Let’s break down the mitochondrial adaptations. There was firstly strong evidence of mitochondrial biogenesis or an increase in total mitochondrial protein content within the samples. This was assessed in a number of different ways, all telling the same story (increased citrate synthase enzyme activity, OXPHOS complex I and II abundance, and mitochondrial volume density assessed by transmission electron microscopy – although this last measure was only made in a small sub-set of samples – if you are interested). However, despite this increase in mitochondrial protein content, there was also evidence of reduced mitochondrial respiratory capacity; that is, maximal mitochondrial respiration – expressed per unit of muscle – and these measures were made in permeabilised muscle fibres (in line with the recommendations made in Hawley and Bishop’s critique and in contrast to the isolated mitochondrial measures in the previous study). Given that there was more mitochondrial protein per unit of muscle, and mitochondrial respiratory activity per unit of muscle was reduced, there was also evidence of what the authors called reduced mitochondrial ‘quality’ – mitochondrial respiratory activity expressed per unit of mitochondrial protein decreased.
To an exercise physiologist, these results are terribly interesting and do support the results of the Cell Metabolism study suggesting that short periods of very intense training might temporarily impair mitochondrial function. The mechanism behind this effect is not established but may be related to the cellular stress generated in the short period of intense training damaging some mitochondria – part of the adaptive process – and the muscle not being able to keep up and break down damaged and less useful mitochondria – a process called mitophagy – at the same rate. Therefore, the presence of some damaged and less capable mitochondria in the muscle samples taken after the period of intensified training may have dragged down measures of respiratory activity temporarily. It is hard to ask for more information from such a high-quality study, but it does remain possible that had a third muscle sample been obtained another week later, mitochondrial respiratory activity may have increased due to the greater time allowed for damaged mitochondria to be mopped up.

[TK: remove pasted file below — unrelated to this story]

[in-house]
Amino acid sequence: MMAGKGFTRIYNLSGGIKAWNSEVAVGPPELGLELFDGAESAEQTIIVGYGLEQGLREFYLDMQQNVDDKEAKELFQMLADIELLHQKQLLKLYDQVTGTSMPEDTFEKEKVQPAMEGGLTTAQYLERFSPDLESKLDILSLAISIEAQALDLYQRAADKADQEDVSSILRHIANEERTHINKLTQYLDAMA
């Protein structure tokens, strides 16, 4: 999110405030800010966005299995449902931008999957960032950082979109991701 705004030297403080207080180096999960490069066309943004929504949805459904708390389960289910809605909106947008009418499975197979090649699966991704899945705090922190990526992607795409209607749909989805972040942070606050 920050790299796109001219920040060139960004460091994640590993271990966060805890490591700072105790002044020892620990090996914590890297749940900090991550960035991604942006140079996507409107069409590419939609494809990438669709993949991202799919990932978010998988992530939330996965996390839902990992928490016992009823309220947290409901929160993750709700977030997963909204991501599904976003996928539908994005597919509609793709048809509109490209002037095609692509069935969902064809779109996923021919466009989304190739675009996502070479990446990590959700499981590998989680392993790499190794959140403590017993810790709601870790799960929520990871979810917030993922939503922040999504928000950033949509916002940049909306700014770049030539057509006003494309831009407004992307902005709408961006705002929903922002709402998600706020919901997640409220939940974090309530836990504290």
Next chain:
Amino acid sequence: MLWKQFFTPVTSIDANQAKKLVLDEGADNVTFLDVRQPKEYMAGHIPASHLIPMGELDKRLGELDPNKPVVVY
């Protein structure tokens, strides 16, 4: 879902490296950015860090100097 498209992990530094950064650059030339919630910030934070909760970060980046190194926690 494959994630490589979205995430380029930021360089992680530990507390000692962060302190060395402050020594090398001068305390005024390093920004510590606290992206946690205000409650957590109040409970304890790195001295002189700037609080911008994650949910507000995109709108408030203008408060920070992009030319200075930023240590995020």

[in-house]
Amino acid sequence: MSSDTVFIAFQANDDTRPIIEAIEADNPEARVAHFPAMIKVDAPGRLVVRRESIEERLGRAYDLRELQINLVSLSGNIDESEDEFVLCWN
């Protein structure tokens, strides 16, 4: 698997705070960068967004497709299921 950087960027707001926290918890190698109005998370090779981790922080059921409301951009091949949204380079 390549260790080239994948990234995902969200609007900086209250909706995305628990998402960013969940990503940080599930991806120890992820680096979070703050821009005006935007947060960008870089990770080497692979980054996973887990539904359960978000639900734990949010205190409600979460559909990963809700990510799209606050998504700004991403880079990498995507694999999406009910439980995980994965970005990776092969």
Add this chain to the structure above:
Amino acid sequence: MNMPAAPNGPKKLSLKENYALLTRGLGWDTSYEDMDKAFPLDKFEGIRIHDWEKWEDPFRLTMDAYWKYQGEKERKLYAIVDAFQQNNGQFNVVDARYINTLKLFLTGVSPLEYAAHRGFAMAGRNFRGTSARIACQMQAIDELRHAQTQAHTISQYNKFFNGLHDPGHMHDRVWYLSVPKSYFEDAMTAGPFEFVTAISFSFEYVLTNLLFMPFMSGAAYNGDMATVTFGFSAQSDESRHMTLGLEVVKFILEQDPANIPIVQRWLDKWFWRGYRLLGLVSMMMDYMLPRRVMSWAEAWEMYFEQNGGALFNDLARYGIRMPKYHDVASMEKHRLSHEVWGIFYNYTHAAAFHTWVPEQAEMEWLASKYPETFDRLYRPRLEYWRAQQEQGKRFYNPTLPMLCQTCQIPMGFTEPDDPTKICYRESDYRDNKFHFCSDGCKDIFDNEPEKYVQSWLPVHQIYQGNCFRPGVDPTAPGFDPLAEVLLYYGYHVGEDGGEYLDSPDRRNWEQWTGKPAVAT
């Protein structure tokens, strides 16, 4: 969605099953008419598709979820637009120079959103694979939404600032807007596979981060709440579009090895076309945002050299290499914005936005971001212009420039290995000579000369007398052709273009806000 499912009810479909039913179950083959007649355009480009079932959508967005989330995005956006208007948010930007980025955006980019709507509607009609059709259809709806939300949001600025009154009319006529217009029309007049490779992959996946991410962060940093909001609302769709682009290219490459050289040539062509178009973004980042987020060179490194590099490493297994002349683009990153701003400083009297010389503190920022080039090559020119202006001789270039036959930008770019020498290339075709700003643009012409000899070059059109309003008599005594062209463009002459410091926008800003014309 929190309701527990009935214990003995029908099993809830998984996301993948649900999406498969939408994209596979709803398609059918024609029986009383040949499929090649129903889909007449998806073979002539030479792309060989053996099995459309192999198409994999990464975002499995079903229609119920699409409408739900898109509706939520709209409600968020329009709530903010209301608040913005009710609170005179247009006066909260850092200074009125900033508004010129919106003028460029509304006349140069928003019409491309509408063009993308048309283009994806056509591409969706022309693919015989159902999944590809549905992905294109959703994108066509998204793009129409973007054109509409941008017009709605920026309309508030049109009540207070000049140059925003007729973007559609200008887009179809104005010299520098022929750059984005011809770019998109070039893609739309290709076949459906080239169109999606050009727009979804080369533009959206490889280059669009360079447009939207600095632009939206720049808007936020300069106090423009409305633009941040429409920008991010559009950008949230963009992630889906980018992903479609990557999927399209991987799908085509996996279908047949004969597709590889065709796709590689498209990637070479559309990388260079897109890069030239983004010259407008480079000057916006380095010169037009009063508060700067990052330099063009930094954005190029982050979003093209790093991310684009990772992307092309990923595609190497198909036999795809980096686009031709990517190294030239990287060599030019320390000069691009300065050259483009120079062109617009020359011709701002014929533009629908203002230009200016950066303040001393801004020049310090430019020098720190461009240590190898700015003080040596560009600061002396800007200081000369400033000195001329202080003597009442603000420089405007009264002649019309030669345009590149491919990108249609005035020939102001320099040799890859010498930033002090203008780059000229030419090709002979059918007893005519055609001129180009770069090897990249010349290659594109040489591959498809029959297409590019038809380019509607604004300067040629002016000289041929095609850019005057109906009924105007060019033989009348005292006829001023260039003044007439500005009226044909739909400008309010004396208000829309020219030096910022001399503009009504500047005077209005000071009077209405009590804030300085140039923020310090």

What do we need to know next?
That was a lot of science and a lot of information. What can we make of it? The idea that "excessive" training and stress may temporarily impair physiological function is an intriguing one, and a situation we generally seek to avoid as long-distance triathletes through management of training stress using careful monitoring of training load and intensity distribution. The training programmes used in these studies are not ones we would recommend athletes use for long periods, although block training can work under certain circumstances. It would be very interesting to assess how mitochondrial function – and, importantly, exercise performance – responds to these types of training stimuli with a ‘taper’ week included at the end.
Either way, these results were super interesting and valuable for our community, and will be the subject of discussion for years to come!
1. Cardinale DA, Gejl KD, Petersen KG, Nielsen J, Ørtenblad N, Larsen FJ. Short term intensified training temporarily impairs mitochondrial respiratory capacity in elite endurance athletes. J Appl Physiol 2021 (ahead of print).
2. Flockhart M, Nilsson LC, Tais S, Ekblom B, Apró W, Larsen FJ. Excessive exercise training causes mitochondrial functional impairment and decreases glucose tolerance in healthy volunteers. Cell Metab 33: 957–970, 2021. doi: 10.1016/j.cmet.2021.02.017.
3. Hawley JA, Bishop DJ. High-intensity exercise training — too much of a good thing? Nat Rev Endocrinol 17: 385–386, 2021. doi: 10.1038/s41574-021-00500-6.
4. Holloszy JO. Biochemical adaptations in muscle: Effects of exercise on mitochondrial oxygen uptake and respiratory enzyme activity in skeletal muscle. J Biol Chem 242: 2278–2282, 1967.
5. Holloszy JO. Regulation of mitochondrial biogenesis and GLUT4 expression by exercise. Compr Physiol 1: 921–940, 2011.